We are pleased to announce that a new finding aid in our Children’s Literature collection is now available on Archives West.
The Avery Johnson papers (Ax 820) have been processed with an updated finding aid available online. The collection contains Johnson’s original illustrations for children’s literature publications and related correspondence and contracts.
Avery F. Johnson (1906-1990) was a children’s book illustrator who worked in a variety of materials including ink, watercolor, charcoal, graphite, and scratchboard. This collection of original illustrations and proofs includes Johnson’s work in these materials for publications on a range themes, primarily composed of juvenile historical fiction and folktales.
The process of designing an entire children’s book by Johnson is evident throughout the collection’s illustrative materials. Examples of this can be found, for instance, for The Boy of Ephesus (1960). Johnson created multiple illustrations on paper and acetate overlays for the creation of multiple color plates. The jacket illustration and separations can be seen in Figures 1-3. Johnson’s input on design did not end with the pictorial, however, and additional illustrative material includes hand-lettered titles and color swatches with notes regarding the appropriate shade of blue ink. Figure 4 shows these additional designs elements next to the final lithograph print jacket.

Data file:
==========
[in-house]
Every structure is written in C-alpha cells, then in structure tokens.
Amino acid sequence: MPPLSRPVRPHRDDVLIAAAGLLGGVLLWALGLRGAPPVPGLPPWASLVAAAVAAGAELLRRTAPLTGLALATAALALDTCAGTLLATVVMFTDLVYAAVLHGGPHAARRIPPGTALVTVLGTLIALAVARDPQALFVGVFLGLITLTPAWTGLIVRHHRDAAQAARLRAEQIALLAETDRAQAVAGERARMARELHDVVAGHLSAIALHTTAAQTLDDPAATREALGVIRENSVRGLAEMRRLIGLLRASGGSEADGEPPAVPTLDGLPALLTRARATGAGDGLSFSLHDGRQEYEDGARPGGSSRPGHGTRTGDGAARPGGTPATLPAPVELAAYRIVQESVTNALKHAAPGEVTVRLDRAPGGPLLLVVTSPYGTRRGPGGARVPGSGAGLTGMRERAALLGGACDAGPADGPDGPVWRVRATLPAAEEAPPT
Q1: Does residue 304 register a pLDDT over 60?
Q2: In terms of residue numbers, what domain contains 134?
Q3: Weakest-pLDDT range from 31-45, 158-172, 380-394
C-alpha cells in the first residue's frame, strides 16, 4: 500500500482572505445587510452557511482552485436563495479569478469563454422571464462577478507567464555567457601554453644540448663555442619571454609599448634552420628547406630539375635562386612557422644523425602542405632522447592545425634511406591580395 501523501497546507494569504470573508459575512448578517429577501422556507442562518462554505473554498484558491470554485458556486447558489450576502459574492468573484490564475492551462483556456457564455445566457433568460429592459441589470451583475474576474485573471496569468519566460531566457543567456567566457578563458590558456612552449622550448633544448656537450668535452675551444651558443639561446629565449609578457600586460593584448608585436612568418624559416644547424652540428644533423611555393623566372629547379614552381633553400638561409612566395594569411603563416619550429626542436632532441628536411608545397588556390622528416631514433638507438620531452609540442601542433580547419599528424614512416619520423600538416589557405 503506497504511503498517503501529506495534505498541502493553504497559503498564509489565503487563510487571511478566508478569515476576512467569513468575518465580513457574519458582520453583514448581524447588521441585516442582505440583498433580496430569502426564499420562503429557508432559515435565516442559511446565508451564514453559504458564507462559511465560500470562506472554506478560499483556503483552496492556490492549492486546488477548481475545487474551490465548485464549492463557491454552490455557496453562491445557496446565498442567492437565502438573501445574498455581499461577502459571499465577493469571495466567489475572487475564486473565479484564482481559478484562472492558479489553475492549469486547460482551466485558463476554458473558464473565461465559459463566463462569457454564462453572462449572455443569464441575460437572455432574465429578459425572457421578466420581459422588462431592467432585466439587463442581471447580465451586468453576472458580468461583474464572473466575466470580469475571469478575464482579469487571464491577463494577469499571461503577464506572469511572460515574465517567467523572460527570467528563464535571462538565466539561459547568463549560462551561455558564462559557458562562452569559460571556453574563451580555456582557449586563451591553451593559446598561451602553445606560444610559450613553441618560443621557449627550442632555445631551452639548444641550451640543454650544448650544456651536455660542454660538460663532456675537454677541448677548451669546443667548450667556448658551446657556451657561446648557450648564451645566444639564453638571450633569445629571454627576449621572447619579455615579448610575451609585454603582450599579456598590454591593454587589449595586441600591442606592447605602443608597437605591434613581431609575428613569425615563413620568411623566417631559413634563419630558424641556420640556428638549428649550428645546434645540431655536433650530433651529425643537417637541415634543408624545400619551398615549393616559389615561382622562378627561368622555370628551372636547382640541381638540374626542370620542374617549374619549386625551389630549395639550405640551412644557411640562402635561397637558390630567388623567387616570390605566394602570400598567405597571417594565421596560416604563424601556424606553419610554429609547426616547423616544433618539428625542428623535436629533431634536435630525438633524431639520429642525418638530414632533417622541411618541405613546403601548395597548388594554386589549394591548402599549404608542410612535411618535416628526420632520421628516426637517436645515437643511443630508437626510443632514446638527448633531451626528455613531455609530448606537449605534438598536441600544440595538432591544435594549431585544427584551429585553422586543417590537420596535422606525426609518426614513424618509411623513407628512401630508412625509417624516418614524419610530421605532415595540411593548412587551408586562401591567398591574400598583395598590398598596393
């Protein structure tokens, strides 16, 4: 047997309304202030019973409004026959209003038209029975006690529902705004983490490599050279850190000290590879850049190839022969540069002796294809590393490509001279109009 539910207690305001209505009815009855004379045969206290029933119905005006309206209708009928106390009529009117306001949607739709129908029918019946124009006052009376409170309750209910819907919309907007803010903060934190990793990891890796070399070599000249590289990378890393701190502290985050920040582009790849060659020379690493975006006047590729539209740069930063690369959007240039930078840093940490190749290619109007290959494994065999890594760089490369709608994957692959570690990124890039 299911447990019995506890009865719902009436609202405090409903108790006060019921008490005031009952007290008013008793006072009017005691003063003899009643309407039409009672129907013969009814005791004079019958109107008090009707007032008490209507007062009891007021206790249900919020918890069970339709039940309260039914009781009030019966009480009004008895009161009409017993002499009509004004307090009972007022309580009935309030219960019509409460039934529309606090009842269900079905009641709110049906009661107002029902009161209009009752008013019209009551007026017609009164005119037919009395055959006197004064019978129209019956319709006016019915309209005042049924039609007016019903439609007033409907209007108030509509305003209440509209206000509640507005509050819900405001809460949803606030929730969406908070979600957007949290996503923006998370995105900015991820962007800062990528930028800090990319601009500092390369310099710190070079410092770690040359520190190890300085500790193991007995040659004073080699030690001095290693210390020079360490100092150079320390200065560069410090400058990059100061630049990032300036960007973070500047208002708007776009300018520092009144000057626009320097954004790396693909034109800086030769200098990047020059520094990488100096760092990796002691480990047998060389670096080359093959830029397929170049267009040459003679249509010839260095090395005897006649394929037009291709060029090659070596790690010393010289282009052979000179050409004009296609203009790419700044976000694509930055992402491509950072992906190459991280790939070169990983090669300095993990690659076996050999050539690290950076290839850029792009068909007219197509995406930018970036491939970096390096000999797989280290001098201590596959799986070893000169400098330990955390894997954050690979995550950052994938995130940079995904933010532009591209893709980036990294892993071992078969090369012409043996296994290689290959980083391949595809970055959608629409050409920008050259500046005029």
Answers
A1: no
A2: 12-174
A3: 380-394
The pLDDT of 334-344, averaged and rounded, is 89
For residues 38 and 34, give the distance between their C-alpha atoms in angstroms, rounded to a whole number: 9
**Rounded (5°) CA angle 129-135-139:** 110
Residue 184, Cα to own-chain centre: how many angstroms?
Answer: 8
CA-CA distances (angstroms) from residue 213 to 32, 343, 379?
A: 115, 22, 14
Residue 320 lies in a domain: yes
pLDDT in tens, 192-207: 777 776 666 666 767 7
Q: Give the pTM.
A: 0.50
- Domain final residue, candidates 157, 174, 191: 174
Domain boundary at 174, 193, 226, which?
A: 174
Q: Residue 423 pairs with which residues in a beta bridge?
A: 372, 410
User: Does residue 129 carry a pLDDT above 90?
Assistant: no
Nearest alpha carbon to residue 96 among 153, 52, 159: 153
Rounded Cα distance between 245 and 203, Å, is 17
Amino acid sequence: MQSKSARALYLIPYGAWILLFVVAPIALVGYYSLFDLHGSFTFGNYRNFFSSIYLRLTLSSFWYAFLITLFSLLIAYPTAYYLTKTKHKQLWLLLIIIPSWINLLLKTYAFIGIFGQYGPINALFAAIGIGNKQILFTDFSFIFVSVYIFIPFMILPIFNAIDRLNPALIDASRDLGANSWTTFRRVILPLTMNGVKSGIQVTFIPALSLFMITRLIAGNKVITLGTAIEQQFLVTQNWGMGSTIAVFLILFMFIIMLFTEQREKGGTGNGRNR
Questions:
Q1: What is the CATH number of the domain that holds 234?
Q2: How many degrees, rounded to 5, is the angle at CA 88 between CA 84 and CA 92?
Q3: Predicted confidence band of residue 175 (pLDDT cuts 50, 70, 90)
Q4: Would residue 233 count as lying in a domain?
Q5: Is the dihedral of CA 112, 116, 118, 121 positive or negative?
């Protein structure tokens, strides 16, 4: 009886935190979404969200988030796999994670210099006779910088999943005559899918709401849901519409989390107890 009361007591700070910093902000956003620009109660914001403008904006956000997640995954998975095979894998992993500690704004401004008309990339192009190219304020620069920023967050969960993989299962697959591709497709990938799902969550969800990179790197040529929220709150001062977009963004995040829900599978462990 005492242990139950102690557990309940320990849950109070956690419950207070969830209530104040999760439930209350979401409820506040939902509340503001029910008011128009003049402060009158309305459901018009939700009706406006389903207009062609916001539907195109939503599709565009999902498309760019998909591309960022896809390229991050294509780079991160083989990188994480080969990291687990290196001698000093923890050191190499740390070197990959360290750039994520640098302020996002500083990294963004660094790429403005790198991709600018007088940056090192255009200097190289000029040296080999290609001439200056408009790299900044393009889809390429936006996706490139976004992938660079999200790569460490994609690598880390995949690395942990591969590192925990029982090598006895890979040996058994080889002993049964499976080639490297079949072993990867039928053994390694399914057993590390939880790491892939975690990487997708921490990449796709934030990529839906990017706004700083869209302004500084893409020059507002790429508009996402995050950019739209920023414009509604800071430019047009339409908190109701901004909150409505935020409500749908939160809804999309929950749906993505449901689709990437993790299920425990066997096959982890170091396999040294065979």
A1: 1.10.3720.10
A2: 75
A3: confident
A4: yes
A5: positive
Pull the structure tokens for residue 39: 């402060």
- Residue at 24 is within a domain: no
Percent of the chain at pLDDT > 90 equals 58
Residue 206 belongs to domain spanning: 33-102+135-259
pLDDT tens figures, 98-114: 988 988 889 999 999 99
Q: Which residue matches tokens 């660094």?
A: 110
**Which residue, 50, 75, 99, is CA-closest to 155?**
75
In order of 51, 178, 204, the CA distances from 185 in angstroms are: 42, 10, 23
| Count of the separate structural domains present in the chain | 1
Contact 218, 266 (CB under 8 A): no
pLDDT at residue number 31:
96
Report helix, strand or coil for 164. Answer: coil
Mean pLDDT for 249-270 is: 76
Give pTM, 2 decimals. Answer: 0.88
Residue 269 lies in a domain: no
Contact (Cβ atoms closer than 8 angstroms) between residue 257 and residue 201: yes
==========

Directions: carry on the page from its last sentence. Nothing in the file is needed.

The collection also contains other examples of Johnson’s highly-detailed illustrative work, such as miniature chapter headings for The Mystery of the Mahteb (1943, Figure 5) and a map of Alexander the Great’s empire for Hostage to Alexander (1961, Figure 6).
Special Collections and University Archives is pleased to provide access to this rich collection of twentieth-century children’s literature illustrations and promote the study of the artist Avery Johnson.
No appointment is necessary to view the collection, but checking the calendar of current hours is recommended.
By Alexa Goff, Student Processing Assistant